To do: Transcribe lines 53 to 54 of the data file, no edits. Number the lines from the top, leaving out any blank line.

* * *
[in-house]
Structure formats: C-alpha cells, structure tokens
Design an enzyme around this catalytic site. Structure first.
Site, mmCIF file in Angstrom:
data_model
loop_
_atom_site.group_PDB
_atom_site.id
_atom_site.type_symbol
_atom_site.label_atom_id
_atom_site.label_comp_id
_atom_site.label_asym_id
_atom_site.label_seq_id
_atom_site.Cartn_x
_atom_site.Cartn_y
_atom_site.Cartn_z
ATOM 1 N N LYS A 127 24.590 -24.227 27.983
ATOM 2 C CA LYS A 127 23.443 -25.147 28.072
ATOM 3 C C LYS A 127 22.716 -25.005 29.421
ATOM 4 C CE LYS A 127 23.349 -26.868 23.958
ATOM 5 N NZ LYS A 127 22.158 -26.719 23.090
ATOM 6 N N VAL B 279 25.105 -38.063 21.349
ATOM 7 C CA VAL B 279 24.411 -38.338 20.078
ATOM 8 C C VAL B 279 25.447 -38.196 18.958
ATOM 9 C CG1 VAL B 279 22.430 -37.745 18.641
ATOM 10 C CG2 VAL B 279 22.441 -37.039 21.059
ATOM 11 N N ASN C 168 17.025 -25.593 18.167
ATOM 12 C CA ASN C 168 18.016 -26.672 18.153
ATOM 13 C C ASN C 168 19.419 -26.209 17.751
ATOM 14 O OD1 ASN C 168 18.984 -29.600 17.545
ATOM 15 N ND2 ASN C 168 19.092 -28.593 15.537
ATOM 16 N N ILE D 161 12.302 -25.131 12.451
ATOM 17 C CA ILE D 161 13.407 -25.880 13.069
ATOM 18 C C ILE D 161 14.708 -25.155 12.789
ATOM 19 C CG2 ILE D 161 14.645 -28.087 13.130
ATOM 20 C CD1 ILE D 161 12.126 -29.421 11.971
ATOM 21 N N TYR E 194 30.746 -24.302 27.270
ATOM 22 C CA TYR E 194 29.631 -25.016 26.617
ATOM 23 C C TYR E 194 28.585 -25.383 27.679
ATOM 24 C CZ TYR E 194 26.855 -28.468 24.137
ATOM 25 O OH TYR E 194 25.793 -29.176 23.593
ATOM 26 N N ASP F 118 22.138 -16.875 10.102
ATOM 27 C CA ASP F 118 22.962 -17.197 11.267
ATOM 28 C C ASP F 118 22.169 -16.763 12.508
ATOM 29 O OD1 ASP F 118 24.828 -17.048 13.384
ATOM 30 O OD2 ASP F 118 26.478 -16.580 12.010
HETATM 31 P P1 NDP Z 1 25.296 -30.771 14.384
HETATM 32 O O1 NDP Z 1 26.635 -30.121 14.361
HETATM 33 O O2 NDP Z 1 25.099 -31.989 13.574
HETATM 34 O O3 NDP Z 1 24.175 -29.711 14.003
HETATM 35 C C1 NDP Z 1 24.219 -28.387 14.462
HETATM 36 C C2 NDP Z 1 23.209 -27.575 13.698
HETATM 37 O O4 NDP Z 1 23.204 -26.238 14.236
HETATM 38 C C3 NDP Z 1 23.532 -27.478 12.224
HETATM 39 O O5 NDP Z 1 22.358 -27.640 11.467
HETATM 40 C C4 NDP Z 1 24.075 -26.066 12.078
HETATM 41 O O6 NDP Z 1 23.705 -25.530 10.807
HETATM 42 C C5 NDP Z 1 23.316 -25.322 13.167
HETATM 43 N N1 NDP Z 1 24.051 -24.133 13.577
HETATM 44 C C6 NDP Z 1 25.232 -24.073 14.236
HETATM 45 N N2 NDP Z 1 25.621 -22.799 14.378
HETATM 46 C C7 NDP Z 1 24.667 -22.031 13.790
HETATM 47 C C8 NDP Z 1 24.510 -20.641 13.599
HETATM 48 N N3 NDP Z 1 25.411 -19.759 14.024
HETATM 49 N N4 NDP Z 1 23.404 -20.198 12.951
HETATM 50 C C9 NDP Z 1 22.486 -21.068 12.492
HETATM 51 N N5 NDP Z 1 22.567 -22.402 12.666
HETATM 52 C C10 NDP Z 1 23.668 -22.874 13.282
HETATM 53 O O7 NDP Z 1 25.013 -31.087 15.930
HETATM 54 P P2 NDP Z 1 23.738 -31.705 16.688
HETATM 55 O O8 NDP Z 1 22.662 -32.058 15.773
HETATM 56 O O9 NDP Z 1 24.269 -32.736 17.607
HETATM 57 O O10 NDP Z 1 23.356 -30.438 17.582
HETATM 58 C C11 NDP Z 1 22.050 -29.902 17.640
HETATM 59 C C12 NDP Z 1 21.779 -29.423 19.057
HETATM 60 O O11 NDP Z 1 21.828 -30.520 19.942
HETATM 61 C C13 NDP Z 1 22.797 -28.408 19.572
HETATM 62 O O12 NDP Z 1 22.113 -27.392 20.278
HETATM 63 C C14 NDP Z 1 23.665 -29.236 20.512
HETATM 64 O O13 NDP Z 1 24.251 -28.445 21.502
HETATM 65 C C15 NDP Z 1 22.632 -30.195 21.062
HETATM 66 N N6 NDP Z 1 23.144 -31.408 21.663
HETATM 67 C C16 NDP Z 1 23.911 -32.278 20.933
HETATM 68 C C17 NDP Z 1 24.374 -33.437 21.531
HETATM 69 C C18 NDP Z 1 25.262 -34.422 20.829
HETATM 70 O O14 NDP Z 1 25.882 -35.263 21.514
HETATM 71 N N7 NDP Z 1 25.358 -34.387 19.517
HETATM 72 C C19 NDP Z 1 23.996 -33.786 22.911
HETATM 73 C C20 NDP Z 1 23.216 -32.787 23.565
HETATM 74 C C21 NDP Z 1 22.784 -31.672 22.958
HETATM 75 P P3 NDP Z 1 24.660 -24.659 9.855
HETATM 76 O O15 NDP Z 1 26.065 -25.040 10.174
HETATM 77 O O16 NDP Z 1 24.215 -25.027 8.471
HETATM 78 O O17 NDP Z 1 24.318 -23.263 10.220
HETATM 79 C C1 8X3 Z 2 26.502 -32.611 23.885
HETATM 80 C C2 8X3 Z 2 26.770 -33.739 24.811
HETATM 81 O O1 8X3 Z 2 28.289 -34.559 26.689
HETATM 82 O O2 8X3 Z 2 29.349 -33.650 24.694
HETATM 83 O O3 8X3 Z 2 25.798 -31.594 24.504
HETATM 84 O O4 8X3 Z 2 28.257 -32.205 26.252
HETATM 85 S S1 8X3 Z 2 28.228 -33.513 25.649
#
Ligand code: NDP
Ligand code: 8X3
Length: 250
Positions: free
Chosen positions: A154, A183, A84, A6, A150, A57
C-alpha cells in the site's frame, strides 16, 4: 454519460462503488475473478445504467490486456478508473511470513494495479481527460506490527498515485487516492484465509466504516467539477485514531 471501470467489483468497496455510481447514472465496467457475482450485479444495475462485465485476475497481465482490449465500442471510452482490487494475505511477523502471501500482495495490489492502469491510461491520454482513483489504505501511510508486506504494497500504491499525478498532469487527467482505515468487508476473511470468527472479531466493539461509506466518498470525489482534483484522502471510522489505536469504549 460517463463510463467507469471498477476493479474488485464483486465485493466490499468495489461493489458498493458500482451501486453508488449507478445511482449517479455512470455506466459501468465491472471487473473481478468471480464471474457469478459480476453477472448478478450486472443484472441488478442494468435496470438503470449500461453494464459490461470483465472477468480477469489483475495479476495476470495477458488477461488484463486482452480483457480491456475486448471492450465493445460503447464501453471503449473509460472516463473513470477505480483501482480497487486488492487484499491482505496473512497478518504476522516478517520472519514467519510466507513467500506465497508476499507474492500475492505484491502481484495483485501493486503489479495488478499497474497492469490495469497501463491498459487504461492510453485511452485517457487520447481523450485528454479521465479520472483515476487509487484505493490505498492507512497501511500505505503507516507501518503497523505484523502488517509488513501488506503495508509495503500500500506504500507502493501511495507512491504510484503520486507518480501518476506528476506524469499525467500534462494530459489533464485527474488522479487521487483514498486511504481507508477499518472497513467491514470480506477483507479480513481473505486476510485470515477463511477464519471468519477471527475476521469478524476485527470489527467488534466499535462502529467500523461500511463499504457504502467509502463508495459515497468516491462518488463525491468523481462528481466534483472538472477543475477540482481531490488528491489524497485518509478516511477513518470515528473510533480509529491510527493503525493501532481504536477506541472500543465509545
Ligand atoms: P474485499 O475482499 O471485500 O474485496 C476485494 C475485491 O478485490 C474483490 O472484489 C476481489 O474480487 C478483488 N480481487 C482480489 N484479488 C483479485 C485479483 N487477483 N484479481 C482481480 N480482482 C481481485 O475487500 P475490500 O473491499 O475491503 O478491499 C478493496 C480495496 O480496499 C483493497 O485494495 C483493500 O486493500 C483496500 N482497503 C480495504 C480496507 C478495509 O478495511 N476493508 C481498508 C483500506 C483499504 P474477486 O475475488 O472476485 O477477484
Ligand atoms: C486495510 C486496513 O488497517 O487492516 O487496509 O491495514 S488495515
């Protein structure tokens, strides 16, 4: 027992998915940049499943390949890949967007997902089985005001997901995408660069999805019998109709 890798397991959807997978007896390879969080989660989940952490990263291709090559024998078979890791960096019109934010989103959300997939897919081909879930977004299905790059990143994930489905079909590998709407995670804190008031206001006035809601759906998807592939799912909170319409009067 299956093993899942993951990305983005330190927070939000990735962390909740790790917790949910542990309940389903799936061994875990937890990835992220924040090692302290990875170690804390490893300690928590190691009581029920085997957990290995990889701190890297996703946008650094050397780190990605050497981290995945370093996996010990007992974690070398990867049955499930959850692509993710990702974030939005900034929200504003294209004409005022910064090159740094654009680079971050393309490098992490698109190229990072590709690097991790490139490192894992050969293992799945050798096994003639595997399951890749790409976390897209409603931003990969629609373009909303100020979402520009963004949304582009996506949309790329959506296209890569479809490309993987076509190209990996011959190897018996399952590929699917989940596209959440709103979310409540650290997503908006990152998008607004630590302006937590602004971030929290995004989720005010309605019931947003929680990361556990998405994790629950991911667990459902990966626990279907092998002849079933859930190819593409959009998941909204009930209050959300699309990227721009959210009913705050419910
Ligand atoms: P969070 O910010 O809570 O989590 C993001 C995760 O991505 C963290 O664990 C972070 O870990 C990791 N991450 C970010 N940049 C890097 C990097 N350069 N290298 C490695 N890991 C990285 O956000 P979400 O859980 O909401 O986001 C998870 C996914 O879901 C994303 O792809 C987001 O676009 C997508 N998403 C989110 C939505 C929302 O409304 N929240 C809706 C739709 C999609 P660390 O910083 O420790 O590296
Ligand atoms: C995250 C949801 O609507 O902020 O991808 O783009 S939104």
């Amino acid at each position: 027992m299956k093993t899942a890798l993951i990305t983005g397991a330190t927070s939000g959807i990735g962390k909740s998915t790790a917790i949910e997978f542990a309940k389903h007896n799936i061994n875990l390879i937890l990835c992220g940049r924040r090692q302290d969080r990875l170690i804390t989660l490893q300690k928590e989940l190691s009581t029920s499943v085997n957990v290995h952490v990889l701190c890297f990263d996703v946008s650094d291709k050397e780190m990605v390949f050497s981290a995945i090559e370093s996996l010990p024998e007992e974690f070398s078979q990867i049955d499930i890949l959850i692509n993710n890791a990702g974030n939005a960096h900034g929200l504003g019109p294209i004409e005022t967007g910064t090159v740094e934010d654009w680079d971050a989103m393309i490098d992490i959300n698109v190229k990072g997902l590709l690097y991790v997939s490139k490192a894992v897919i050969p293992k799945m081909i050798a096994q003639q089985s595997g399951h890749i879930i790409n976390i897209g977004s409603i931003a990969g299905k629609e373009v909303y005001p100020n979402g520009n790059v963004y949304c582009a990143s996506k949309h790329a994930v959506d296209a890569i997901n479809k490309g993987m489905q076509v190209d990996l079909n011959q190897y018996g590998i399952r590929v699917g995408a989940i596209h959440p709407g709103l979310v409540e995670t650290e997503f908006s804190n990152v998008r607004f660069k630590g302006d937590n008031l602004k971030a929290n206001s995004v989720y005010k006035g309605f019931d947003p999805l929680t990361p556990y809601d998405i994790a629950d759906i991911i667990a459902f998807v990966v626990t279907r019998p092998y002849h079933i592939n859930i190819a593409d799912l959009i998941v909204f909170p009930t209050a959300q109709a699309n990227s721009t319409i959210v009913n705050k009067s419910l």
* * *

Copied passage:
HETATM 37 O O4 NDP Z 1 23.204 -26.238 14.236
HETATM 38 C C3 NDP Z 1 23.532 -27.478 12.224